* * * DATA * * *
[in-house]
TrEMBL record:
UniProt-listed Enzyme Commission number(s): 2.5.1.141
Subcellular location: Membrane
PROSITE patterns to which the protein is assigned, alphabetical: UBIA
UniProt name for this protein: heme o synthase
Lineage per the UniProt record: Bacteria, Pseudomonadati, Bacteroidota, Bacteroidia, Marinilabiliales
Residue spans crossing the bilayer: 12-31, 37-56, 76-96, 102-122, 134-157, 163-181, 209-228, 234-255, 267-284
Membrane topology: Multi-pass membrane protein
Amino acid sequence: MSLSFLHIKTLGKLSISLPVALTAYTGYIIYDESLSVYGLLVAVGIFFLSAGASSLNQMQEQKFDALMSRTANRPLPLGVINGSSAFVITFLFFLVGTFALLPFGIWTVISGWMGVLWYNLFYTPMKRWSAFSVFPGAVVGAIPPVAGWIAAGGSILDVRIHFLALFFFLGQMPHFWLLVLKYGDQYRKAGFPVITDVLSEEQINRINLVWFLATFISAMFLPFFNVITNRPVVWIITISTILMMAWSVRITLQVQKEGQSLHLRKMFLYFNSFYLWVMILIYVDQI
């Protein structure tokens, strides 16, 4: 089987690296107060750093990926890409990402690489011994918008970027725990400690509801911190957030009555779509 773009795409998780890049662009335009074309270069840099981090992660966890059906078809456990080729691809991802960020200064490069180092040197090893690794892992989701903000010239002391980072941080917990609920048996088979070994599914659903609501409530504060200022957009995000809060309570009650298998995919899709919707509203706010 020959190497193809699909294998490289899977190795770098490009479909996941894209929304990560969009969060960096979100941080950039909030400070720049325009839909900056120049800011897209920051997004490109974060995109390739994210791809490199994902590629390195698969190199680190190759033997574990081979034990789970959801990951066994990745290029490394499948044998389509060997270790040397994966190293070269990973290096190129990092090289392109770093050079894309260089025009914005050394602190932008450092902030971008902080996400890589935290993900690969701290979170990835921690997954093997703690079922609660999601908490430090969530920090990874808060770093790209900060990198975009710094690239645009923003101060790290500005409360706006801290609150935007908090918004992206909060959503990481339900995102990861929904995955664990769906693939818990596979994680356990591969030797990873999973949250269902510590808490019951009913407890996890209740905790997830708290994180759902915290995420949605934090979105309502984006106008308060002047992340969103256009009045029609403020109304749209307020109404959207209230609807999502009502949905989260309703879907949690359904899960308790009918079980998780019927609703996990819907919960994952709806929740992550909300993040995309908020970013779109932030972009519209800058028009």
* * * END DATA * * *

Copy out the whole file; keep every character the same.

[in-house]
TrEMBL record:
UniProt-listed Enzyme Commission number(s): 2.5.1.141
Subcellular location: Membrane
PROSITE patterns to which the protein is assigned, alphabetical: UBIA
UniProt name for this protein: heme o synthase
Lineage per the UniProt record: Bacteria, Pseudomonadati, Bacteroidota, Bacteroidia, Marinilabiliales
Residue spans crossing the bilayer: 12-31, 37-56, 76-96, 102-122, 134-157, 163-181, 209-228, 234-255, 267-284
Membrane topology: Multi-pass membrane protein
Amino acid sequence: MSLSFLHIKTLGKLSISLPVALTAYTGYIIYDESLSVYGLLVAVGIFFLSAGASSLNQMQEQKFDALMSRTANRPLPLGVINGSSAFVITFLFFLVGTFALLPFGIWTVISGWMGVLWYNLFYTPMKRWSAFSVFPGAVVGAIPPVAGWIAAGGSILDVRIHFLALFFFLGQMPHFWLLVLKYGDQYRKAGFPVITDVLSEEQINRINLVWFLATFISAMFLPFFNVITNRPVVWIITISTILMMAWSVRITLQVQKEGQSLHLRKMFLYFNSFYLWVMILIYVDQI
């Protein structure tokens, strides 16, 4: 089987690296107060750093990926890409990402690489011994918008970027725990400690509801911190957030009555779509 773009795409998780890049662009335009074309270069840099981090992660966890059906078809456990080729691809991802960020200064490069180092040197090893690794892992989701903000010239002391980072941080917990609920048996088979070994599914659903609501409530504060200022957009995000809060309570009650298998995919899709919707509203706010 020959190497193809699909294998490289899977190795770098490009479909996941894209929304990560969009969060960096979100941080950039909030400070720049325009839909900056120049800011897209920051997004490109974060995109390739994210791809490199994902590629390195698969190199680190190759033997574990081979034990789970959801990951066994990745290029490394499948044998389509060997270790040397994966190293070269990973290096190129990092090289392109770093050079894309260089025009914005050394602190932008450092902030971008902080996400890589935290993900690969701290979170990835921690997954093997703690079922609660999601908490430090969530920090990874808060770093790209900060990198975009710094690239645009923003101060790290500005409360706006801290609150935007908090918004992206909060959503990481339900995102990861929904995955664990769906693939818990596979994680356990591969030797990873999973949250269902510590808490019951009913407890996890209740905790997830708290994180759902915290995420949605934090979105309502984006106008308060002047992340969103256009009045029609403020109304749209307020109404959207209230609807999502009502949905989260309703879907949690359904899960308790009918079980998780019927609703996990819907919960994952709806929740992550909300993040995309908020970013779109932030972009519209800058028009």